Chromite is a brownish-black mineral consisting of a ferrous chromic oxide in cubic crystalline form, occurring principally in basic igneous rocks: the only commercial source of chromium and its compounds. It is an oxide mineral composed of chromium, iron and oxygen (FeCr2O4). Magnesium can substitute for iron in variable amounts as it forms a solid solution with magnesiochromite (MgCr2O4); substitution of aluminium occurs leading to hercynite (FeAl2O4).

Chromite is important because it is the only economic ore of chromium, an essential element for a wide variety of metal, chemical, and manufactured products. Many other minerals contain chromium, but none of them are found in deposits that can be economically mined to produce chromium.

In its natural form it occurs in solid solution with other minerals in the spinel group, so chrome contents are less than the theoretical 68%. The most important use of chrome is in production of high-strength alloys and alloys which are heat, abrasion, corrosion and oxidation resistant. Approximately half of all chromite production goes into the manufacture of stainless steel. Chromium chemicals are used for many purposes; pigments, photography and plating being but a few. Chromite is used as a refractory in the production of steel, copper, glass and cement.


Occurrence and Properties of Chromite

Chromite occurs as a primary accessory mineral in basic and ultrabasic igneous rocks. Economic deposits form by crystallisation of chromite from a cooling magma, resulting in large stratiform deposits or smaller pod-like deposits. The most significant occur in large, layered, igneous intrusions in shield areas older than 1.9 billion years. The largest and best known of these is the Bushveld Complex (Republic of South Africa), which extends over 12 000 km2 and contains 60% of the world’s known chromite reserves.

The word mine production of chromite is about 26 Mt (2013) with South Africa (42%), Kazakhstan (15%) and India (15%) the major producer’s in addition recycling accounts for about 50% of consumption. Australia’s only significant chromite deposit, Coobina, is a straitform deposits in the Pilbara region of Western Australia, with a possible resource of 1.5 Mt at 29.4% Cr. The mine produced 452 000t of chromium in 2012.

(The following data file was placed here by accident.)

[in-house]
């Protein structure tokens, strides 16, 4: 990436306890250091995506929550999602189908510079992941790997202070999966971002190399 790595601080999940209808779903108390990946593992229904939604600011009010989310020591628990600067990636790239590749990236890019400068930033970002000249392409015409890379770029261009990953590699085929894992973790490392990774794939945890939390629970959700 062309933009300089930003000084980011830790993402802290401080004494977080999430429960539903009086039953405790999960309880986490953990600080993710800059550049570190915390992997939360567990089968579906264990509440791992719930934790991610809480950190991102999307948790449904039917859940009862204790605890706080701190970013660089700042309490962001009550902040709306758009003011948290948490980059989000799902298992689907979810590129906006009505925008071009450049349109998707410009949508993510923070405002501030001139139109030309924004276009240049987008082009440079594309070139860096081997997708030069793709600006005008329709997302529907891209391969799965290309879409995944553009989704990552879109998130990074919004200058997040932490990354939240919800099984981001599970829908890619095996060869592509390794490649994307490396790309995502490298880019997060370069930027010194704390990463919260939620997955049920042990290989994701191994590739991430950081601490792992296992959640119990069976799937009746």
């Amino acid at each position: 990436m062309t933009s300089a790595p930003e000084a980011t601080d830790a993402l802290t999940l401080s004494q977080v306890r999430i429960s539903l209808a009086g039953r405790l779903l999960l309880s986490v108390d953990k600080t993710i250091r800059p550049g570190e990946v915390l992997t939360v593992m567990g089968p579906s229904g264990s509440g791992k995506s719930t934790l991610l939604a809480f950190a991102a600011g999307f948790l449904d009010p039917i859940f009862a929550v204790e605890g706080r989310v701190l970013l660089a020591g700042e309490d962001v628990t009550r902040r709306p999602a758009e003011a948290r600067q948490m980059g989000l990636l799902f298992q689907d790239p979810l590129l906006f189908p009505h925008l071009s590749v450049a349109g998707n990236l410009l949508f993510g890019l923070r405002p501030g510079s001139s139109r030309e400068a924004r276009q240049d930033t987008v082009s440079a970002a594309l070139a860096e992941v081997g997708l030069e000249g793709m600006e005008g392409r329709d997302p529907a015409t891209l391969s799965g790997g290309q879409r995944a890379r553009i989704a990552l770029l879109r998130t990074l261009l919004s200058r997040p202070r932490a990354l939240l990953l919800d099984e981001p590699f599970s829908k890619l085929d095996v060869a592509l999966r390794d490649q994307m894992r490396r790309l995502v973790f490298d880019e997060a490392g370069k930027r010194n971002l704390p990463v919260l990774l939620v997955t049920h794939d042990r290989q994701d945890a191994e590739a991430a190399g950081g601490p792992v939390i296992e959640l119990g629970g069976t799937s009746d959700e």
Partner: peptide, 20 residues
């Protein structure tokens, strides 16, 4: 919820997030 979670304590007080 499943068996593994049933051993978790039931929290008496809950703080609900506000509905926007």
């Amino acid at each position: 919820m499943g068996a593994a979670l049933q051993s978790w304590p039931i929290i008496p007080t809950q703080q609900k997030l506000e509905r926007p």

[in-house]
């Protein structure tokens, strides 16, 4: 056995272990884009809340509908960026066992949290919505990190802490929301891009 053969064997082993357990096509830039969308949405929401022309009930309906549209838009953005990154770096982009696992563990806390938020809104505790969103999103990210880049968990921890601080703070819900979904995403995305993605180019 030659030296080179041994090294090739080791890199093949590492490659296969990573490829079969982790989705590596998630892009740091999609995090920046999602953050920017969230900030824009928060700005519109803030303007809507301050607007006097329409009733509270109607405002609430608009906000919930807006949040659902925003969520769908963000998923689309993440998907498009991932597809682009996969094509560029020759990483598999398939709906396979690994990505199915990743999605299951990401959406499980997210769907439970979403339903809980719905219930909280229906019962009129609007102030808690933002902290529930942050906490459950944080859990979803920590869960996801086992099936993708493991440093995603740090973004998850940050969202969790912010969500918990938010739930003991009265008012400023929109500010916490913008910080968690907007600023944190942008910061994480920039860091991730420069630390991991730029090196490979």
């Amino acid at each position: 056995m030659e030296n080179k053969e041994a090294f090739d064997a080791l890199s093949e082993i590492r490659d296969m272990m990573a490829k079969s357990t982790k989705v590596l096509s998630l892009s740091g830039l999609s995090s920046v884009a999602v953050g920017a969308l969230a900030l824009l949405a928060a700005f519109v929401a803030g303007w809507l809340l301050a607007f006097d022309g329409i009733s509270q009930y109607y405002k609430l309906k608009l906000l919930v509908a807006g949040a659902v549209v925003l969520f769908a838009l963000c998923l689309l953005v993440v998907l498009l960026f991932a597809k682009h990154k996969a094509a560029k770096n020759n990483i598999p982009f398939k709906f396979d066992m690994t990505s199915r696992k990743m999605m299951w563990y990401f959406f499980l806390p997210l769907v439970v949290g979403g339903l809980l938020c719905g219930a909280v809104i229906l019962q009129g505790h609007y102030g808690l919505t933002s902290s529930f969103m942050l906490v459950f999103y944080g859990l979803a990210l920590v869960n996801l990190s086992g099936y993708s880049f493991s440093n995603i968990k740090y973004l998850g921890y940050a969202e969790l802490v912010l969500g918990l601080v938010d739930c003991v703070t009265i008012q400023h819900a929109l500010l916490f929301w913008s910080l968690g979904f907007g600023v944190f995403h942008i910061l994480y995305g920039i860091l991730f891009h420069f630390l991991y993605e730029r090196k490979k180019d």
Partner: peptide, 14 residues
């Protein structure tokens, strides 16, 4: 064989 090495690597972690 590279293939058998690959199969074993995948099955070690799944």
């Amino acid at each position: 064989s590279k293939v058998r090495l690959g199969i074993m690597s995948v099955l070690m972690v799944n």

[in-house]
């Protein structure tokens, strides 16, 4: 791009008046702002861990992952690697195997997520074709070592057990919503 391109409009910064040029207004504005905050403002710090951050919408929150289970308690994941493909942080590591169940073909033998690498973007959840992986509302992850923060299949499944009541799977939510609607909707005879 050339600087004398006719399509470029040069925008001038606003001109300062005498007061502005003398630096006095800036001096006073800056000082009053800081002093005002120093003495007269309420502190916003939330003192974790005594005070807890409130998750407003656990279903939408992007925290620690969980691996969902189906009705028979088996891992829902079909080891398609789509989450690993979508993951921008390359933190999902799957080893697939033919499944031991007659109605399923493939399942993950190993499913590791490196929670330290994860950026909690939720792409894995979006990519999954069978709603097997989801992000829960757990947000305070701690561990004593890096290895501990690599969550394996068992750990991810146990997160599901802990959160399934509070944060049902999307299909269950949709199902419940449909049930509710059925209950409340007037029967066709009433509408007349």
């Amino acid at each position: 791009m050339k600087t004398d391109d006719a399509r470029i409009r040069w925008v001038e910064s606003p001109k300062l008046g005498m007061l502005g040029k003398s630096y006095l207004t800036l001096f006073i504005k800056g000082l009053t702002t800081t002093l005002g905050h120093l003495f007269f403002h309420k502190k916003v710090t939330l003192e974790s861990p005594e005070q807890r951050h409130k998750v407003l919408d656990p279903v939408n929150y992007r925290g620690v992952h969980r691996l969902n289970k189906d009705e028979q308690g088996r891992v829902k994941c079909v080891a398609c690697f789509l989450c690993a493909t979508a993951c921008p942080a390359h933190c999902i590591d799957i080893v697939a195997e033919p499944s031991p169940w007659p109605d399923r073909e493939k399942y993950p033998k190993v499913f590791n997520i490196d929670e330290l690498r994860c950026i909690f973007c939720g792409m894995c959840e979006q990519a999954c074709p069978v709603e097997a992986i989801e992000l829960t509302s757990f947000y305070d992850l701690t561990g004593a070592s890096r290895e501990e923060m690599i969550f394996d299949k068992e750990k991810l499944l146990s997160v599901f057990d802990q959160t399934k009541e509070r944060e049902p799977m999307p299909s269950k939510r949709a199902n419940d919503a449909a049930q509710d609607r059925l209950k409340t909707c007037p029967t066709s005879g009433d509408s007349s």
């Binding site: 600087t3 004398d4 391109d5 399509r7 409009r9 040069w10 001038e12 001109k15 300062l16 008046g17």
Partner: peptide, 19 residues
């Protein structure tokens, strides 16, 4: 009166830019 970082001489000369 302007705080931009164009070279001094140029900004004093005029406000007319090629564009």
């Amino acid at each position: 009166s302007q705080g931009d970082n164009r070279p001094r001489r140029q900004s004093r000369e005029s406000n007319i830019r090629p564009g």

Afghanistan has significant deposits of high grade chromite ore, which is mined illegally in Khost Province and then smuggled out of the country.

In Pakistan, chromite is mined from the ultramafic rocks in mainly the Muslimbagh killa Saifullah District and Khanozai area of Pishin District of Balochistan. Most of the chromite is of metallurgical grade with Cr2O3 averaging 54% and a chrome to iron ratio of 2.6:1.

Chromite can be challenging to identify. Several properties must be considered to differentiate it from other metallic ores. Hand specimen identification of chromite requires a consideration of: color, specific gravity, luster, and a characteristic brown streak. Chromite is sometimes slightly magnetic. This can cause it to be confused with magnetite. Chromite and ilmenite have very similar properties. Careful observations of hardness, streak, and specific gravity are required to distinguish these minerals in hand specimens.


Uses of Chromite

Chromite is the mineral ore of the metal Chromium, and the chromium must often be extracted from the ore and purified before it is used. Chromium is an important ingredient in steel; it gives this metal increased hardness and toughness, and it helps it reduce chemical erosion over time. Chromium is also vital in the aerospace industry because it is used to anodize the aluminum that is used to build aircraft and related equipment.

Most of the time, economic geology names chromite the whole chromite-magnesiochromite series: FeCr2O4, (Fe,Mg)Cr2O4, (Mg,Fe)Cr2O4 and MgCr2O4. The two main products of chromite refining are ferrochromium and metallic chromium; for those products the ore smelter process differs considerably.

Several chromium compounds are used as dyes and colorants. Lead chromate is used to make the pigment chrome yellow. Tiny amounts of chromium from chromite ore combine with various other compounds to give rubies their red color and emeralds their green color. Various chromium pigments are used to give cosmetics their colors as well.



  5. wikipedia